It’s not enough telling people to stop doing things. And it’s especially ineffective to criticize the way people do certain things because of the presence of ego. Usually, when we want to change people’s minds, we try to fight them or persuade them. But the first option, like most arguments, serve little to no purpose in changing minds. And the people who are listening to the debate usually look for justification for the way they already think. Persuasion on the other hand can be draining, because we never know how long it will take to change someone else’s mind, or to create habit change that will last indefinitely.
I present us with a third option: to create. Instead of using our valuable time and energy to fight or persuade others, unless it is absolutely necessary, we must redirect it to the one thing we have full control over: ourselves. We can create a community, build relationships with others who are lost in the dust just like us, make art that represents ourselves and learn to communicate our thoughts through better speaking and writing.
When we fight, we are defending the old, the things that are already archaic. There is nothing new to be found in the past. On the other hand, persuasion requires using the knowledge we already know, meaning that we have to feel that our way of thinking is superior to the other, so that they need to be persuaded. This is already a losing strategy against the ego of the other.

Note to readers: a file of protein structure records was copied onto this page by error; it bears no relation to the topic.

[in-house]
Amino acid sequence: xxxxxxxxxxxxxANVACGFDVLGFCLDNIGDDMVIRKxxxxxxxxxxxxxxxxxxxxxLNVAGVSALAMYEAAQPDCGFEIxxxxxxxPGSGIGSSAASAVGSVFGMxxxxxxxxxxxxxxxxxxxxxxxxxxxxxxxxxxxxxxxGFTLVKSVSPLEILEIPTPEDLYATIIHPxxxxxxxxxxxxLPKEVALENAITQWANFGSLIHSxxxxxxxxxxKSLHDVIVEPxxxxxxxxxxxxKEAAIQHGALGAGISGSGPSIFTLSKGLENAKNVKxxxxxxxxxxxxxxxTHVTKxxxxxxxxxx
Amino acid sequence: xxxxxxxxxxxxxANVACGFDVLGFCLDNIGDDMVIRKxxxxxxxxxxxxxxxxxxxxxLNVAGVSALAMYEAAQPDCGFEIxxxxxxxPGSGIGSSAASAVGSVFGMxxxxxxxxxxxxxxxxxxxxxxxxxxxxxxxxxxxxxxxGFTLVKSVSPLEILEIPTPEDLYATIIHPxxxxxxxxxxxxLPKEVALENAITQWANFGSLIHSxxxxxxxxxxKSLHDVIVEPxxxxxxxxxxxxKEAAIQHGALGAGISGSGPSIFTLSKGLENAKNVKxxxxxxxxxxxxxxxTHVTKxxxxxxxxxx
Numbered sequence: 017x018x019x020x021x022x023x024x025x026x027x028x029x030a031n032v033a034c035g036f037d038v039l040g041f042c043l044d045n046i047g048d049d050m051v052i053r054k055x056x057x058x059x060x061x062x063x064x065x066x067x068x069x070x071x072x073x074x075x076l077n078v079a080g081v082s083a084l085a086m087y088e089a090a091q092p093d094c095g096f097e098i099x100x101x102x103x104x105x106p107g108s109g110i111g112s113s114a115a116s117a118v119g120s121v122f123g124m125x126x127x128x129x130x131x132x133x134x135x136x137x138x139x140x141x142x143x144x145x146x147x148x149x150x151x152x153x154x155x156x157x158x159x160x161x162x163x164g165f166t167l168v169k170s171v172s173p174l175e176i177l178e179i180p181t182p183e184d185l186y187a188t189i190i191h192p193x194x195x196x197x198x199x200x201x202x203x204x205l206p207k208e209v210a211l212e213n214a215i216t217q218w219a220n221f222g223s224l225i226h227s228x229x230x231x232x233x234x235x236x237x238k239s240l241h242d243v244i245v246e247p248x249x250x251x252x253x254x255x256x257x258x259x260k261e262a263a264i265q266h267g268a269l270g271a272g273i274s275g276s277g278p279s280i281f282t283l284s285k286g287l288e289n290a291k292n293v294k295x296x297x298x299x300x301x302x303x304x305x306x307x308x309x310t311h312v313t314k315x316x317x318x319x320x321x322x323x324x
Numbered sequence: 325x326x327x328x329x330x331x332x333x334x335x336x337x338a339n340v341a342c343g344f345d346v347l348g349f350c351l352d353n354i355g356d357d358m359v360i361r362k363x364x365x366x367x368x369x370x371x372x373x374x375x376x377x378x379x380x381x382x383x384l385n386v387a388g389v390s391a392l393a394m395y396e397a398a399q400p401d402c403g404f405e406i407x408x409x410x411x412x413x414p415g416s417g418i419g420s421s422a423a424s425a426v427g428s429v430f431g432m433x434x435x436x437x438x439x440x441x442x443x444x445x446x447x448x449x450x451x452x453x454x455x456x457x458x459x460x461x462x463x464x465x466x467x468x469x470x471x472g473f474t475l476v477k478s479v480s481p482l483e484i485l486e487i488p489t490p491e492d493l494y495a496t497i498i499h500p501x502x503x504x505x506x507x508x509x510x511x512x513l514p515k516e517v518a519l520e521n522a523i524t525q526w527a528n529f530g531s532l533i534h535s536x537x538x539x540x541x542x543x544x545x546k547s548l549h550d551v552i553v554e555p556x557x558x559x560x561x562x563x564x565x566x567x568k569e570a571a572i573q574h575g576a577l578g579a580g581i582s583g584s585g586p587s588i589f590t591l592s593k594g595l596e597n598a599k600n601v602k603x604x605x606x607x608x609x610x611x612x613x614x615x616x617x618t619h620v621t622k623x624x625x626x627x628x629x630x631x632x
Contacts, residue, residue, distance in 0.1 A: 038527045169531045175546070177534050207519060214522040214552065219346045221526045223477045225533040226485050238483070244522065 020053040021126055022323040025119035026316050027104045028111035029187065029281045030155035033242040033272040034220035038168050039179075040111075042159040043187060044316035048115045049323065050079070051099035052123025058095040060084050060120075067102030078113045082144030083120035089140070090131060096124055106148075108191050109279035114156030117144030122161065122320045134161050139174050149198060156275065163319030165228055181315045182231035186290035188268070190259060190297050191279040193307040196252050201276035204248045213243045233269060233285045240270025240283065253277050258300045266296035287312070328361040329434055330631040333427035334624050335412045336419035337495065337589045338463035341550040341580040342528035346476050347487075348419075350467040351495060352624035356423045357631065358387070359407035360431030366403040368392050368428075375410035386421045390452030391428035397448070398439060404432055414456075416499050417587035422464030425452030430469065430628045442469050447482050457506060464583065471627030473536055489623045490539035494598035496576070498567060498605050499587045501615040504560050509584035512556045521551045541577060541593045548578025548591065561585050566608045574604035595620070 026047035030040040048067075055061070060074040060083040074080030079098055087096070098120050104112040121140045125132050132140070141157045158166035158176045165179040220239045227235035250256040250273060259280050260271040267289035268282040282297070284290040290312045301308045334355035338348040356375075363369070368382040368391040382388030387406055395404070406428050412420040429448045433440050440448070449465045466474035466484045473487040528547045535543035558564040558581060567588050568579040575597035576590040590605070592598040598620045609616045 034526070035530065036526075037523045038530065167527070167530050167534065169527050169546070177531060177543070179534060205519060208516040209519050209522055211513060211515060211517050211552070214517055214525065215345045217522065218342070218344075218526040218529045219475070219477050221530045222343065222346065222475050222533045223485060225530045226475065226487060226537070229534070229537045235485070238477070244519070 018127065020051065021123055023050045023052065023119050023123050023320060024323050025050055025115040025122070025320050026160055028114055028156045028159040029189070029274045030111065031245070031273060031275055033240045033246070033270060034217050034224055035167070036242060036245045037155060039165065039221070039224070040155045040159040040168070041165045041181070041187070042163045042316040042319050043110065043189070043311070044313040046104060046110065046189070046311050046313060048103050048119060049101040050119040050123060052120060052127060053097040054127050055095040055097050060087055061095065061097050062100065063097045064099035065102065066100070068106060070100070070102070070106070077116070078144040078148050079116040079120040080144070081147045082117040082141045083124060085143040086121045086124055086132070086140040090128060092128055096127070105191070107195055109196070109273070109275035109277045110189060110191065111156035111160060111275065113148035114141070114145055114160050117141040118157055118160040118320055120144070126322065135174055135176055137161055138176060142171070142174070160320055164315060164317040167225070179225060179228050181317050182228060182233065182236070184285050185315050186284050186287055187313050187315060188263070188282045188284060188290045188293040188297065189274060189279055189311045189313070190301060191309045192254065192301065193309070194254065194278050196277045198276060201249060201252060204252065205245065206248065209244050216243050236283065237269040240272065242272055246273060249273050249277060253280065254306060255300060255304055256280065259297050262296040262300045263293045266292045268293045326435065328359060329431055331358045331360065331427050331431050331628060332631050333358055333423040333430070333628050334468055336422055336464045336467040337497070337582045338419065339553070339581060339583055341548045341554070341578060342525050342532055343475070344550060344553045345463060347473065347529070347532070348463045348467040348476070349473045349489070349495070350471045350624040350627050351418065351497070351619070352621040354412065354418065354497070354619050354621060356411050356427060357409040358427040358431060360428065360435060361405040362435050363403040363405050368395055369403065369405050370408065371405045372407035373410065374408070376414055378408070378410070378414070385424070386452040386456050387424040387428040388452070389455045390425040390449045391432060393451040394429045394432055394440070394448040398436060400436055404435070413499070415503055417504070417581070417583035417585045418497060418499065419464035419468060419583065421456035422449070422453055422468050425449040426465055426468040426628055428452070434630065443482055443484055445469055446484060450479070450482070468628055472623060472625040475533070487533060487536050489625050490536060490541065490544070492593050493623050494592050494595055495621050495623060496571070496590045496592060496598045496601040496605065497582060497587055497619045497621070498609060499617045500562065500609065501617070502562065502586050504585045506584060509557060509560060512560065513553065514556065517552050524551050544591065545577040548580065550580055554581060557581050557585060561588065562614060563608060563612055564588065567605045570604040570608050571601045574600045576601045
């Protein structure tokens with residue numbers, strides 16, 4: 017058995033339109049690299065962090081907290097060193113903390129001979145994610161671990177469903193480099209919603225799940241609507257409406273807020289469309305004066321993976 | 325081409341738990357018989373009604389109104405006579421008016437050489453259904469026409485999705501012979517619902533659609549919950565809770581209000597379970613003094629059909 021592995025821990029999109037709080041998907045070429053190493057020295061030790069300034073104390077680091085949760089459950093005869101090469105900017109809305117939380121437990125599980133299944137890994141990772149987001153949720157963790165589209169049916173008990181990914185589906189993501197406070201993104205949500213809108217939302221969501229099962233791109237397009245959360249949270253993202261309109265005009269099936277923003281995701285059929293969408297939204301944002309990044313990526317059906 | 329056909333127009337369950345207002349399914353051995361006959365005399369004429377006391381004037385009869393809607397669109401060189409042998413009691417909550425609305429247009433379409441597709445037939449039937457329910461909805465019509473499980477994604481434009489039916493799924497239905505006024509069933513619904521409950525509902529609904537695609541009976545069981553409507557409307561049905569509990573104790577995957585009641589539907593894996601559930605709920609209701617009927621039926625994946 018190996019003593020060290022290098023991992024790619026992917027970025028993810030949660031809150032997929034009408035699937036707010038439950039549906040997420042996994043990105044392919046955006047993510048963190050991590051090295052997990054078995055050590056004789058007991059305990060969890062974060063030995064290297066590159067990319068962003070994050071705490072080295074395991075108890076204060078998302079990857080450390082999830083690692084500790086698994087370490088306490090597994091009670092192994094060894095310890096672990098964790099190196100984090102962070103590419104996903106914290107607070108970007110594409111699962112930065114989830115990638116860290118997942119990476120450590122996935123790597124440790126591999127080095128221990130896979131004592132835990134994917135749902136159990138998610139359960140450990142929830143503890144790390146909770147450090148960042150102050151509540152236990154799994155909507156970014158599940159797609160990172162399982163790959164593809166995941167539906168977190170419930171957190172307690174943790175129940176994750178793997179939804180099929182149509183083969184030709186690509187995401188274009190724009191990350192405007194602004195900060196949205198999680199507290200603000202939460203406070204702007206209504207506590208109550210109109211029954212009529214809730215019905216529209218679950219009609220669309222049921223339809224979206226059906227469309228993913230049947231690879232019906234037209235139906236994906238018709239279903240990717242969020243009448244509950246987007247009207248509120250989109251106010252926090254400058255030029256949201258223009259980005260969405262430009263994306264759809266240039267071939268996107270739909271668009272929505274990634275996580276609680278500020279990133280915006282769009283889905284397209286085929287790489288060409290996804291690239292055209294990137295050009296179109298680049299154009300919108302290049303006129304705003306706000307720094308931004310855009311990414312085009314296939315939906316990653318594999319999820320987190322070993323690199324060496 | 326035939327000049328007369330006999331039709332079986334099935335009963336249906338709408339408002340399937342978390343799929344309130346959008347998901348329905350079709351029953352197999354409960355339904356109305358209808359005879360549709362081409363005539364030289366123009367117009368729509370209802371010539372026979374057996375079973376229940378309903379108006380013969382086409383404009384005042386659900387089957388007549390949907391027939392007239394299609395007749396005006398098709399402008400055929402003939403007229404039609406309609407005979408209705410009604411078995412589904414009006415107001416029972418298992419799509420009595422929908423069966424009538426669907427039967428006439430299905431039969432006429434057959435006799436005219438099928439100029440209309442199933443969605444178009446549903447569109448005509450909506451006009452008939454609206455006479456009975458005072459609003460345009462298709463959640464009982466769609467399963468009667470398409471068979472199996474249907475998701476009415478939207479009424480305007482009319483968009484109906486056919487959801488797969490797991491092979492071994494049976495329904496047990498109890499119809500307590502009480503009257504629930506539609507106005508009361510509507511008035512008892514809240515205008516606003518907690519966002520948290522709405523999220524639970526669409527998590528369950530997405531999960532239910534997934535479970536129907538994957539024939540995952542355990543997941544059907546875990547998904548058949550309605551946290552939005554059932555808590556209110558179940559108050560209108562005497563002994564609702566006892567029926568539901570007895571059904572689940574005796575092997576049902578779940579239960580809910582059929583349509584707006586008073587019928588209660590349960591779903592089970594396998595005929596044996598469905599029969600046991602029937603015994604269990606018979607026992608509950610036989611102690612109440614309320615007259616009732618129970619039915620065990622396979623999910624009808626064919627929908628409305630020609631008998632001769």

But to create is to be present, to use the energy we would otherwise use to defend established rules, traditions and systems in order to advance forward and create new support groups and communities in which new ideas can thrive.
One example I can think of is Bill Nye. Growing up, watching his shows was something that helped me feel like I have a place in the world; that there is a place for the fringe wandering individuals, the weird and the quirky personalities. It influenced my decision to pursue a degree in chemistry and eventually become a chemist. And I was more than excited when after many years, he made a return to the screen to help the cause of global warming and making science “cool again.”
When I see him now (especially when I chance to see him in person) all I see is an angry person who is (rightfully) angry at raising climate change awareness. I would like say that people change, but in reality, it’s people NOT changing and adapting that causes the problems that recur from the past. People are not creating enough, expressing enough and sharing ideas enough. Science was fucked the moment people started entering the field it for the paycheck rather than wondering how often they can be wrong about things through experiment.
Science has lacked the spirituality of creation for many years. The people who created original work, the Tesla, the Einstein, the Schroedinger, the Edison weren’t afraid to be wrong, and were actually wrong often before coming up with something novel and groundbreaking. And even then, ideas were stolen all the time. But, this didn’t really deter them, because it was less about (well-deserved) recognition, and more about constant learning. To create requires generous humility and courage, and this is the best option we have if we really want to start making some changes in the world: with us, with you and our creations.